Regular readers of HeartWood know I can never pass up roadside oddities, especially the oversized variety. My patient husband and traveling companion, Ray, knows it, too, and never objects my quests for the quirky. So when I read about the Enchanted Highway in a North Dakota tourism magazine and realized it was right on the route of our recent road trip to Seattle, I declared it a must-see. On the way out to Seattle, we had only enough time to stop at "Geese in Flight," which is currently closed to visitors, but can be viewed from the highway exit. On the way back, however, we spent an entire morning visiting the rest of the sculptures.
I was— of course—enchanted! The sculptures were even more immense and intricate than they appear in photos. It was clear, though, that some could benefit from an infusion of cash to maintain or restore them to their original conditions.
Greff's project is largely self-funded, and he does all the upkeep, including cutting the grass. He'd hoped gift shop proceeds would cover costs, but so far they haven't, he told the Dickinson Press. Neither, apparently, have the donation stations at the sculpture sites.
I only hope some kind of magic materializes to provide Greff with the means to continue and care for his work. It's a testament to the vision and perseverance of one big-time dreamer and an inspiration to all who dare to aim high.
As Greff summed it up in an article on a North Dakota tourism website, "You've got a dream. Live that dream. Don't hesitate. If I can do it, a person who didn't know how to weld and didn't have an art class, if I can go out and build 110-foot metal sculptures, I think you can do whatever you put your mind to."
My bucket list's got a hole in it. Things that once seemed vitally important to see or do before I die have dribbled away—some replaced by new must-dos, others simply discarded because my interests and circumstances changed.
I came to this realization after unearthing some of my old lists. It was enlightening to see which things on those lists I had ended up doing, which things I'd lost interest in along the way, which things just didn't happen and probably never will, and which ones still call to me.
My "101 Things I Want to Do Before I Die" list, dated October 20, 2002, includes item number 75: "Have a pet donkey (maybe)."
A few years earlier, I had become fascinated with donkeys during a long motorcycle trip down south, on which we saw scads of donkeys—miniature and full-sized—in fields and farmyards. I dreamed of having a donkey farm, then scaled that dream back to just one donkey (or two—I'd heard they need companions). By the time I made the 2002 list, though, the parenthetical "maybe" suggests I already harbored doubts about my commitment to caring for a large animal.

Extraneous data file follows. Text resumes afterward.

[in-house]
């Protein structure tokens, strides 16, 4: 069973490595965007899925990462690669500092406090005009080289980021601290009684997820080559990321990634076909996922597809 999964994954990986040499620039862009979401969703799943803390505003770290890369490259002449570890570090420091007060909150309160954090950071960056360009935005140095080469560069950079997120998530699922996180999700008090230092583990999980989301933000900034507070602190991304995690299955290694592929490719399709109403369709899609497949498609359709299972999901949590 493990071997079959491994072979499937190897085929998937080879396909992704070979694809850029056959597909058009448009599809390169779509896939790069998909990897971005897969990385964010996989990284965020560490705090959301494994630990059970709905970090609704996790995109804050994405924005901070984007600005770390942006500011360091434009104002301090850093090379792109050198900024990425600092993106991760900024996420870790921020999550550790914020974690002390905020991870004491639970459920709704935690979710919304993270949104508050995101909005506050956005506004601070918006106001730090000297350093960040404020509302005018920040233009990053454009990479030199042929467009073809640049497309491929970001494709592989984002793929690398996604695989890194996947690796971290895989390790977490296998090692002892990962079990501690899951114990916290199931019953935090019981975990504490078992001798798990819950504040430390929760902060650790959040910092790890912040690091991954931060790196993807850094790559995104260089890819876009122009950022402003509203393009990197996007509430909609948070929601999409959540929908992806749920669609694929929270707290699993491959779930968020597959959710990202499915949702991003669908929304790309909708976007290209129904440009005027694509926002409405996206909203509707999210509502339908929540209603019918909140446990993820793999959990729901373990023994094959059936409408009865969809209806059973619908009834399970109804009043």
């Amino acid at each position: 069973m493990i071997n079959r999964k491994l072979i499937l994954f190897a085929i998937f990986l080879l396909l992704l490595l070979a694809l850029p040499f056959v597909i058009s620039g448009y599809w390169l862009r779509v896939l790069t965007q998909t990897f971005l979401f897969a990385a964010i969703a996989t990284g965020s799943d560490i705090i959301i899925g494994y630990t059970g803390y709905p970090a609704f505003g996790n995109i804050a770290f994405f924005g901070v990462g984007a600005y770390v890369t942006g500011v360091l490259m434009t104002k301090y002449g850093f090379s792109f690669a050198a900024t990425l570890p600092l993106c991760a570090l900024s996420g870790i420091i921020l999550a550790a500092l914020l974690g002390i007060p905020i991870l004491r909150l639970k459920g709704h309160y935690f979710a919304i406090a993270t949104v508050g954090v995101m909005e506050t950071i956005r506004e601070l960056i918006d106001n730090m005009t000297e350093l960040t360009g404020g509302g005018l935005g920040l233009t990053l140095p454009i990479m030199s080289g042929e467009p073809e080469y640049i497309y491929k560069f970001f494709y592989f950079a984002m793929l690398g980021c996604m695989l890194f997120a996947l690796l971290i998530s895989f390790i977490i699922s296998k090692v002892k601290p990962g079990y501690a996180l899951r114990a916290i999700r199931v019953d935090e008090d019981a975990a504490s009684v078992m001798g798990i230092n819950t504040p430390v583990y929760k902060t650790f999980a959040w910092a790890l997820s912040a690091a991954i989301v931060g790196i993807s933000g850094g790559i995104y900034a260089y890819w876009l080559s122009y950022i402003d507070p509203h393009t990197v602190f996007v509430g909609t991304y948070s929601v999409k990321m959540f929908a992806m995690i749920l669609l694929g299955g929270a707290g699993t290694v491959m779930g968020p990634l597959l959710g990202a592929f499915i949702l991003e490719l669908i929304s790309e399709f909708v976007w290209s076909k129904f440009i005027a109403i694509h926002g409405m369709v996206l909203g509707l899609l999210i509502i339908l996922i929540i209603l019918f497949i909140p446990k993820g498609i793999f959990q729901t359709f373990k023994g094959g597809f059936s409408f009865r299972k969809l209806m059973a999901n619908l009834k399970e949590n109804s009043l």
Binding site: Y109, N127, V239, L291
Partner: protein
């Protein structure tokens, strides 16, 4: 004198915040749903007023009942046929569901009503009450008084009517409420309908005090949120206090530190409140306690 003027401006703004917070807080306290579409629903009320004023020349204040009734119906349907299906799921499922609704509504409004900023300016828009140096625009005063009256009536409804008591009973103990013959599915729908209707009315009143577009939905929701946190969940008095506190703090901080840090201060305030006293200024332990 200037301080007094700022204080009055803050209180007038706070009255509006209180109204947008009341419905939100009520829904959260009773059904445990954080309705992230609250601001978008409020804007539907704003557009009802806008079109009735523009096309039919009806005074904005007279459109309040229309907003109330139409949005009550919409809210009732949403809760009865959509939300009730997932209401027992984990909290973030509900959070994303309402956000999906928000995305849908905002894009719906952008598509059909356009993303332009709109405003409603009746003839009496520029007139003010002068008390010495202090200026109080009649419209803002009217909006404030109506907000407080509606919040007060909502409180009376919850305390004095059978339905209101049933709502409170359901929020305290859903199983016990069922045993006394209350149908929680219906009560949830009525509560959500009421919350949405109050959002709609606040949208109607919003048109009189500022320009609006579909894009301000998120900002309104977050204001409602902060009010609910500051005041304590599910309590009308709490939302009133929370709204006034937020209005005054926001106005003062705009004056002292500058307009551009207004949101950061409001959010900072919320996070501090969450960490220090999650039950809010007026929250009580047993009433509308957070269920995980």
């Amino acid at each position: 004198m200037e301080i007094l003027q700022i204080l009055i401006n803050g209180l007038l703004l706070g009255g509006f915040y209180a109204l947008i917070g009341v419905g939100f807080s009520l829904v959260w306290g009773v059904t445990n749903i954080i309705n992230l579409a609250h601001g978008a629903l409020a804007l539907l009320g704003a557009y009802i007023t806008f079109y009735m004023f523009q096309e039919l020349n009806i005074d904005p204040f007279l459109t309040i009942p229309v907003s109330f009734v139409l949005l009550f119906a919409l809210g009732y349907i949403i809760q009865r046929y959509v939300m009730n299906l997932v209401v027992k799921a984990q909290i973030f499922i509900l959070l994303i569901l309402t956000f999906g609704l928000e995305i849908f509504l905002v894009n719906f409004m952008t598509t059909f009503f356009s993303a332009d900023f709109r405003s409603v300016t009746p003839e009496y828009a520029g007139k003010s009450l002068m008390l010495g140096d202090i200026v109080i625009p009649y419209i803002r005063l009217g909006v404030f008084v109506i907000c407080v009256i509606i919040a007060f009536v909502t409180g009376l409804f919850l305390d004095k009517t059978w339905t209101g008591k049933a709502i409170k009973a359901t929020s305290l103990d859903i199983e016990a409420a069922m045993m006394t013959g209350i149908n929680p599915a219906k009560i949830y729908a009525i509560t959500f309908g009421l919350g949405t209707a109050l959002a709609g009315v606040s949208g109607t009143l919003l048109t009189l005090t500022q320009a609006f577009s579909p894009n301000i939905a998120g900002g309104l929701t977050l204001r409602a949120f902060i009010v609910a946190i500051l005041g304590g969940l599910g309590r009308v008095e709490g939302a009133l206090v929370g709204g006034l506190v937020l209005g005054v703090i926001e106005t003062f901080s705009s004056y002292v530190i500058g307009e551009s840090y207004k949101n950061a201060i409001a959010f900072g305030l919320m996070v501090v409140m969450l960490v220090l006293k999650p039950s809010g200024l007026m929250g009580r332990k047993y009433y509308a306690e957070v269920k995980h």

By the time I revised my list in March 2006, donkeys had disappeared, replaced by a number of items related to writing, publishing, and attending various writers' conferences.
One gotta-do item that did carry over onto the 2006 list was "Learn to play steel guitar," a burning desire since my grad school days in Kansas, when I worked off stress by dancing to western swing tunes and came to love the twang of pedal steel.
But that long-held aspiration had sloshed out of the bucket by 2009, when I again revised and pared down my list. By then, we had bought our Newaygo house and were making plans to move. While the idea of learning a new musical instrument still appealed to me, I wanted to devote more time to outdoor activities, travel, and getting to know our new neighbors and surroundings. I already had one time-consuming, indoor pursuit: writing. That felt like enough.
Then there's the category of things that just didn’t happen and probably never will. Ever since my youth, when I never missed an episode of "Then Came Bronson," starring Michael Parks as a disillusioned former journalist wandering the West on his Harley-Davidson Sportster, I'd dreamed of riding those same roads on my own motorcycle. I got the motorcycle (several, in fact, over the years), learned to ride, and made shorter trips on my own bike and longer ones on the back of Ray's, navigating so he could focus on the challenges of the road.
But my own westward odyssey never happened, and at some point it became clear to me that it never would. While it's true that ever since I turned fifty, my motto has been, "It's never too late," I've recently come to realize that for some things, it kinda is. The prime time for me to have made such a journey was ten or twenty years ago, when my riding skills, reflexes, and stamina were at their peak (and other drivers on the road were not as distracted as they are these days). I could still do it now, but I wouldn't enjoy it as much as I once would have.
I'm a little sad that it didn't happen, but when I remind myself of other experiences that did happen (including several meandering trips out West in vehicles other than motorcycles), the sadness dissipates.